13 Matching Annotations
  1. Jul 2021
    1. Coding is a problem-solving skill, and few of theproblems that beset young people today, or are likely to in thefuture, can be solved by writing scripts or programs for computersto execute. I suggest a less ambitious enterprise with broaderapplications, and I’ll begin by listing the primary elements of thatenterprise. I think every young person who regularly uses acomputer should learn the following:

      Alan Jacobs eschews the admonishment that everyone should learn to code and posits a more basic early literacy stepping-stone to coding: learning some basic preliminaries of self-hosting. This is likely much easier for most people and could build a better runway for those who would like to learn to code later on.

  2. May 2021
  3. Apr 2021
    1. I like how Dr. Pacheco-Vega outlines some of his research process here.

      Sharing it on Twitter is great, and so is storing a copy on his website. I do worry that it looks like the tweets are embedded via a simple URL method and not done individually, which means that if Twitter goes down or disappears, so does all of his work. Better would be to do a full blockquote embed method, so that if Twitter disappears he's got the text at least. Images would also need to be saved separately.

    1. Since I’m doing that, I’m also considering whether it makes sense for me to have a substack blog as well?

      Given some of the press Substack has gotten in the past few months, I think there's more to be said for actively leaving Substack to move to WordPress or some other platform where you can use your own domain name and content.

      Congratulations on the move!

    1. DM gives you simple but/and powerful tools to mark up, annotate and link your own networked collections of digital images and texts. Mark up your image and text documents with highlights that you can then annotate and link together. Identify discreet moments on images and texts with highlight tools including dots, lines, rectangles, circles, polygons, text tags, and multiple color options. Develop your projects and publications with an unlimited number of annotations on individual highlights and entire image and text documents. Highlights and entire documents can host an unlimited number of annotations, and annotations themselves can include additional layers of annotations. Once you've marked up your text and image documents with highlights and annotations, you can create links between individual highlights and entire documents, and your links are bi-directional, so you and other viewers can travel back and forth between highlights. Three kinds of tools, entire digital worlds of possible networks and connections.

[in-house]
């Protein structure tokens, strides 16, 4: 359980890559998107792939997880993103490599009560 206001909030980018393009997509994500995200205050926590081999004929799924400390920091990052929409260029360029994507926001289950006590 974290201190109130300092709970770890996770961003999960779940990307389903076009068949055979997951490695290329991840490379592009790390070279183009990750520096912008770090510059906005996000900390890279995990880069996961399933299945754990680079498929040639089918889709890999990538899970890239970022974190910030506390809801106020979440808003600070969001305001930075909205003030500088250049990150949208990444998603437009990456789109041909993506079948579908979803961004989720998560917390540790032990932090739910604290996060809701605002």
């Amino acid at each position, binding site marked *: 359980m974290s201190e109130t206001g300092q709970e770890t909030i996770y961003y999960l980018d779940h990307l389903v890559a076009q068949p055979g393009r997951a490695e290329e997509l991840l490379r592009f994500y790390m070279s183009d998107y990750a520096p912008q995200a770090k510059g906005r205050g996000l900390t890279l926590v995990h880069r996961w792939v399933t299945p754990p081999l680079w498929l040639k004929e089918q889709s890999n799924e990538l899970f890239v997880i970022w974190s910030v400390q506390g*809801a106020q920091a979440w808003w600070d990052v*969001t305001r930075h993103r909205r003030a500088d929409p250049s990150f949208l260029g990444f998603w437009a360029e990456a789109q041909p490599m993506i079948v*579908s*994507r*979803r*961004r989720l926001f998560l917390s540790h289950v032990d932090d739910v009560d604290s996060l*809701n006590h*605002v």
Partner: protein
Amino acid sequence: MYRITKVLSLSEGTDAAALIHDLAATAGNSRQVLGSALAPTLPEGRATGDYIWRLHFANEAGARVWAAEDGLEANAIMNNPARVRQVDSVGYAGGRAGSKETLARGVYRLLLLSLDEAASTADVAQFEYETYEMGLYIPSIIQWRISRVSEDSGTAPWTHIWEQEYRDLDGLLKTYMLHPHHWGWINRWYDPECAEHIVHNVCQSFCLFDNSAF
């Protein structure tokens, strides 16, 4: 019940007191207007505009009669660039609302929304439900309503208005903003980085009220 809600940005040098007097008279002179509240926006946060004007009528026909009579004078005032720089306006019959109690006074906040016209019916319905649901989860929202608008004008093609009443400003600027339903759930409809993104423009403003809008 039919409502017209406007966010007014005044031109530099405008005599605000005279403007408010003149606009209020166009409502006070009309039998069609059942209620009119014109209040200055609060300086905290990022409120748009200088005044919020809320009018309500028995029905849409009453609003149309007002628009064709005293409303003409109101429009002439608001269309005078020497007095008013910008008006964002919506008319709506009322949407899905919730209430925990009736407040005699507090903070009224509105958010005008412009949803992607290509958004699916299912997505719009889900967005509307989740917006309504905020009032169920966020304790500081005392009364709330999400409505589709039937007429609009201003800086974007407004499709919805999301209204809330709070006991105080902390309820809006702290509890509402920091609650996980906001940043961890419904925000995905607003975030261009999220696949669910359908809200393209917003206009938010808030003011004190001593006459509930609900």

This looks like the sort of project that @judell @dwhly @remikalir and the Hypothes.is team may appreciate, if nothing else but for the user interface set up and interactions.

      I'll have to spin up a copy shortly to take a look under the hood.

  4. Mar 2021
  5. Feb 2021
    1. They cannot simply put this article online on their blog: to be recognised as research work, it must be published in a respectable peer-reviewed journal.

      Why not? Why couldn't they put their articles on their own sites or even those of the libraries of their institutions where others might read and evaluate them? annotate them? argue over all the fine points?

  6. Oct 2020
    1. Grant Potter

      Seeing the commentary from Greg McVerry and Aaron Davis, it's probably worthwhile to point you to the IndieWeb for Education wiki page which has some useful resources, pointers, and references. As you have time, feel free to add yourself to the list along with any brainstorming ideas you might have for using some of this technology within your work realm. Many hands make light work. Welcome to the new revolution!

    1. The architecture of the platform where I published allowed authorial control of content but could not control context collapse or social interactions.

      These are pieces which the IndieWeb should endeavor to experiment in and attempt to fix. Though I will admit that pieces of the IndieWeb layers on top of platforms like WordPress can help to mitigate some context collapse and aggregate social interactions better. (eg: reply context and POSSE)

    2. There is a sense that one can cobble together a common public by overlapping various social media platforms and audiences. Many of my colleagues are doing a fine job of problematizing the intersections of private social media and the university. The larger project from which this essay is drawn is part of that emerging conversation.

      I wonder here what role an IndieWeb-based version of academe looks like in which teachers all own their content on their own websites to make a more explicit appeal of work that they've done. Compare this with the concept that what they may be doing on Twitter isn't "work" and which isn't judged as such.

    1. When you can assume that all the materials you’re using in and with your class are open educational resources, here’s one way to remix the effective practices listed above with OER in order to provide you and your students with opportunities to spend your time and effort on work that makes the world a better place instead of wasting it on disposable assignments.

      As I think of remix, reuse, redistribute and things like git and version control, I also can't help but think that being able to send and receive webmentions in the process of reusing and redistribution with referential links back to the originals will allow the original creator to at least be aware of the changes and their existence to potentially manually add them to the original project. (Manually because they may not (yet) know how to keep their content under source control or allow others to do so and send pull requests.)